When it comes to social networking for businesses, LinkedIn is at the top of the list. With 277 million business and professional people counted as members, this is the place to be if you are looking for a career change, trying to find candidates for a job opening, want to expand your network or mine for prospects.
Just as with other social networking sites, you will want to provide useful, compelling and authentic content regularly, and engage with those who comment on your post. But the most important thing to improve your visibility on LinkedIn is to have a complete profile. At a bare minimum, you’ll need your photo, current industry, two or more positions listed, five or more skills, at least 50 connections and a good summary. But what you want to shoot for is All-Star status, and that means filling out every field you possibly can on your profile.
The second-, third- and fourth-most important things for LinkedIn: Keywords, keywords, keywords. Keep these basics in mind as you go through the following tips that will make it easier for you to stand out and be found among those 277 million people.
- Put your email address in the first paragraph of your summary. This gives people who don’t know you the information they need to be able to send you an invitation.
- Create a special LinkedIn URL. Most people stick with LinkedIn’s default URL for their account, which is your name along with a garble of numbers. Make your profile stand out – and be searchable – by creating your own custom URL.
- Be sure you list a business email address. Nothing screams “rookie” like a free email account.
- Customize your website link. The generic label says “Company Website.” You can change that to virtually anything. While you might want to label it “ABC Co. Website,” why not create something catchy, such as “How to Increase Your Business by 500%”? The link still goes to your website, but now people have a compelling reason to click on it.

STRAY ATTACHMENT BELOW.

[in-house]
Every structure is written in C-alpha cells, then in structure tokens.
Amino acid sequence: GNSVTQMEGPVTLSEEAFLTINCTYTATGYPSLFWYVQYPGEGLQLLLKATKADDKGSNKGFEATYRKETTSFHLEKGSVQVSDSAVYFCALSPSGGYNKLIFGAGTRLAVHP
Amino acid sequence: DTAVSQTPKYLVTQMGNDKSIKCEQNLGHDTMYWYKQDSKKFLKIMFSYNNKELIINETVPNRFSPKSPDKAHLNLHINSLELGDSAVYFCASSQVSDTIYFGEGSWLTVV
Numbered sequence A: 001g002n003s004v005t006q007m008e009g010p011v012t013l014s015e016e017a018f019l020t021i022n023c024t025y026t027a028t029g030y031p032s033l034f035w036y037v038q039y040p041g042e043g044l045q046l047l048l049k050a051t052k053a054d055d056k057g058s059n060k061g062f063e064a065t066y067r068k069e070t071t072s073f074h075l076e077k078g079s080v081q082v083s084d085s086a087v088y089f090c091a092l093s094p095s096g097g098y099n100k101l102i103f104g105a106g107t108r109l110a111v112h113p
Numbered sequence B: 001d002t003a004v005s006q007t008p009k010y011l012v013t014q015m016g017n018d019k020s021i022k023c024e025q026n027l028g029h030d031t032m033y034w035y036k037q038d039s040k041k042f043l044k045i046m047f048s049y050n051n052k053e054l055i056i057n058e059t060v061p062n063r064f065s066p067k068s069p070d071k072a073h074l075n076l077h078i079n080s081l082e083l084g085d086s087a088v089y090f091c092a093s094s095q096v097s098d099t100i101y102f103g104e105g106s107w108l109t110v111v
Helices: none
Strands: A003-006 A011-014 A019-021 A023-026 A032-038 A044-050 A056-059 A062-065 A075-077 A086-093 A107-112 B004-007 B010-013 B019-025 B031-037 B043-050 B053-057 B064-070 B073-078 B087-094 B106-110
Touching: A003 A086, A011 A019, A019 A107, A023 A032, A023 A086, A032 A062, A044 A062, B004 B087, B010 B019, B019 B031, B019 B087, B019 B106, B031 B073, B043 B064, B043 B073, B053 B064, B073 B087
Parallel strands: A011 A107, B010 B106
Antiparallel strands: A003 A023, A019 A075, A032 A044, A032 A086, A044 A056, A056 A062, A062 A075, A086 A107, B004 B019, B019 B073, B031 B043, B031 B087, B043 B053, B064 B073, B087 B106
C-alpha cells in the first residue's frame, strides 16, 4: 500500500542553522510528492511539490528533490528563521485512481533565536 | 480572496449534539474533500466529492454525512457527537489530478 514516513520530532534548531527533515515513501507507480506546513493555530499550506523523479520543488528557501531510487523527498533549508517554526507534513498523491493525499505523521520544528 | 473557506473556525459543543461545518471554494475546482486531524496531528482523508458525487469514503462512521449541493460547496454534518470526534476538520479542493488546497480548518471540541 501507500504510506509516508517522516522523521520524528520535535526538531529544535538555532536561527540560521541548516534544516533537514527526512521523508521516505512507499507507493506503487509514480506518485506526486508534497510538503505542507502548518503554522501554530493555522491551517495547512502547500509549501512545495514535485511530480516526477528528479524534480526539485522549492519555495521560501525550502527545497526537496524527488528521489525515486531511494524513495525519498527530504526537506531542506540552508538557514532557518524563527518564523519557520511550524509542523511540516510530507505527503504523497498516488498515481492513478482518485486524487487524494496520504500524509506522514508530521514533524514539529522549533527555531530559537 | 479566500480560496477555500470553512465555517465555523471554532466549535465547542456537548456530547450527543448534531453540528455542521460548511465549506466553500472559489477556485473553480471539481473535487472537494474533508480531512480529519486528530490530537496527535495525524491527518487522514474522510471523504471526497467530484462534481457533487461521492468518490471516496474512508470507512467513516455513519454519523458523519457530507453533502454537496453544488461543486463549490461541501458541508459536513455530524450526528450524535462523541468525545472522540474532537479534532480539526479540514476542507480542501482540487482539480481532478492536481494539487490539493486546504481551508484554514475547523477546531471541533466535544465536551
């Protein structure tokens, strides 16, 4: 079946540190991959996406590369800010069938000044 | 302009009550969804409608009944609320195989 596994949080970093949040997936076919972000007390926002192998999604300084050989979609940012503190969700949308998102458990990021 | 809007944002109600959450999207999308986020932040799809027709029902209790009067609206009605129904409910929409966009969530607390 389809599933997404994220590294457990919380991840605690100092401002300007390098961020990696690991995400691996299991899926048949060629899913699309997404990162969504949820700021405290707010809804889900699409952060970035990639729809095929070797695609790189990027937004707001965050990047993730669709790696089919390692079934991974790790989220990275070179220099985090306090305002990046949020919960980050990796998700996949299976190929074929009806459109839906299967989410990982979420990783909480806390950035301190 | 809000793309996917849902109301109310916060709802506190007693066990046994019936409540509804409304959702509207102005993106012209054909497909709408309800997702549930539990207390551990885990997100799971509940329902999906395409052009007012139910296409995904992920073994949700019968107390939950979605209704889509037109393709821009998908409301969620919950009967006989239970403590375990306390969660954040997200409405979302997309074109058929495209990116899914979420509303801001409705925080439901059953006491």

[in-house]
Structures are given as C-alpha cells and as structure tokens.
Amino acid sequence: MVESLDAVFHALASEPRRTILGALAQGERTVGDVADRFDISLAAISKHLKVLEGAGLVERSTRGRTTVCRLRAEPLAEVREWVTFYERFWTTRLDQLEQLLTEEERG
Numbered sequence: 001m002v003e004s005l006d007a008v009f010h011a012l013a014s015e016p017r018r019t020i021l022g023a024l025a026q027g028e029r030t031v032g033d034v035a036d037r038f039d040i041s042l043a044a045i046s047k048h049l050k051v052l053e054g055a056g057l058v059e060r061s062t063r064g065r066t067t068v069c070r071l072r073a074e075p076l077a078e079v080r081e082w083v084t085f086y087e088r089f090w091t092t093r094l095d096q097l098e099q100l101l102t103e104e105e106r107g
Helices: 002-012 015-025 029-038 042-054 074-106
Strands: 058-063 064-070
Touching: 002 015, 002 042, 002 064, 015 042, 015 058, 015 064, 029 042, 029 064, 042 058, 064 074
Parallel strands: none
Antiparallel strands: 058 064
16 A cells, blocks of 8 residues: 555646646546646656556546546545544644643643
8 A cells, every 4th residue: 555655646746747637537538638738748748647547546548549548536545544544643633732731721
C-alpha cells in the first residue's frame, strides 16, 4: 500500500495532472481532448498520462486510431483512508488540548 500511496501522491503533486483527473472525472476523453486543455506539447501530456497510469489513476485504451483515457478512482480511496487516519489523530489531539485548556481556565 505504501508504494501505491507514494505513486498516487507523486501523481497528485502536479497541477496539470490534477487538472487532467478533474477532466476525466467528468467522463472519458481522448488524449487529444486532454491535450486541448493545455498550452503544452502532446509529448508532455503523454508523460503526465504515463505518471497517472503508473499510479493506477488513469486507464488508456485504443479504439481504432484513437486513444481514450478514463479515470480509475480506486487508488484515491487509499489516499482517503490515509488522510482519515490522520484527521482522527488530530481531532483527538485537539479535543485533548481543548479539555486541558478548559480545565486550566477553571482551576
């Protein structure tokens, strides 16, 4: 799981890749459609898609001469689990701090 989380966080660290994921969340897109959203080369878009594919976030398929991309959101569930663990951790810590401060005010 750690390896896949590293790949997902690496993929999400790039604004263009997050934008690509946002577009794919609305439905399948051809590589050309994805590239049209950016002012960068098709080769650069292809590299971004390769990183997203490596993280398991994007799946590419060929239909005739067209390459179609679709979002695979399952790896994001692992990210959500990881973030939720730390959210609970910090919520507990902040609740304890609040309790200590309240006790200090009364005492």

- Use bullet points in your summary. Everyone is time-challenged these days – and some of us are attention-challenged, too. If you’ve got a lot of stuff to put in your summary (and dig deep, my friends!), bullet those items to make them easier to scan.
- Optimize your LinkedIn profile. You can do this as you complete it, but it may be easier to just get it all down first, then go back and add in those keywords. This is one place where keyword stuffing is not a bad thing, because the more frequently they appear in your profile, the higher you will appear during a LinkedIn search.
- Add images. Start off with a professional portrait. Remember, this is a networking site for business and professional people. A candid shot of you and your pooch might be cute on your personal Facebook page, but here it will lessen your credibility.
- Use PDF files. Not everyone will have PowerPoint loaded on their computer, but anyone can see a PDF of a PowerPoint presentation. Save it as an optimized PDF so it will load faster.
- Be creative when you name your uploaded files, including images. Yes, you can change those labels, too, so make it count by optimizing them.
- Be grateful. When people give you an endorsement, be sure to thank them. You’d be surprised how few people do that.
- Personalize your invitations to connect. Use their first name. Find something in their profile that you can mention in your invitation. Tell them how you are already connected to them – either through other friends, work colleagues, school connections and so on. There is a word limit, so keep it brief but meaningful.
- Personalize your acceptance of a connection, too. One of the best ways to do that is to find something unique or interesting in their profile, reference it and then ask a question: “What an interesting career path you’ve had! How did you get from professional hockey player to brain surgeon?” I guarantee you – the recipient will feel very special that you’ve taken the time to look at their background, and by asking the question, you will open the door to a conversation that could lead to conversion.
Finally, go ahead and talk business. Unlike other social media sites, where it is considered in poor taste to talk about your products and services, it’s OK on LinkedIn. You still don’t want to be too sales-y or pushy, but this is why people use LinkedIn – to make business connections.
Talk about your business when you accept invitations to connect. If there is a commonality in your businesses – or if your product or service could in some way benefit your new connection – put it out there. You may say something like: “Did you know ABC Co. has a new program that can save you time and money by digitizing your recordkeeping? This is just one way we can help companies like yours cut expenses. Let me know if you’re interested in learning more.”
Talk about your business in your content, remembering that it’s about what how product or service can solve problems – not about the features of what you’re offering. Features are nice, but benefits are better!
Which of these tips was the most useful to you? Please share in the comments. And if you’re interested in learning more about LinkedIn, please CLICK HERE.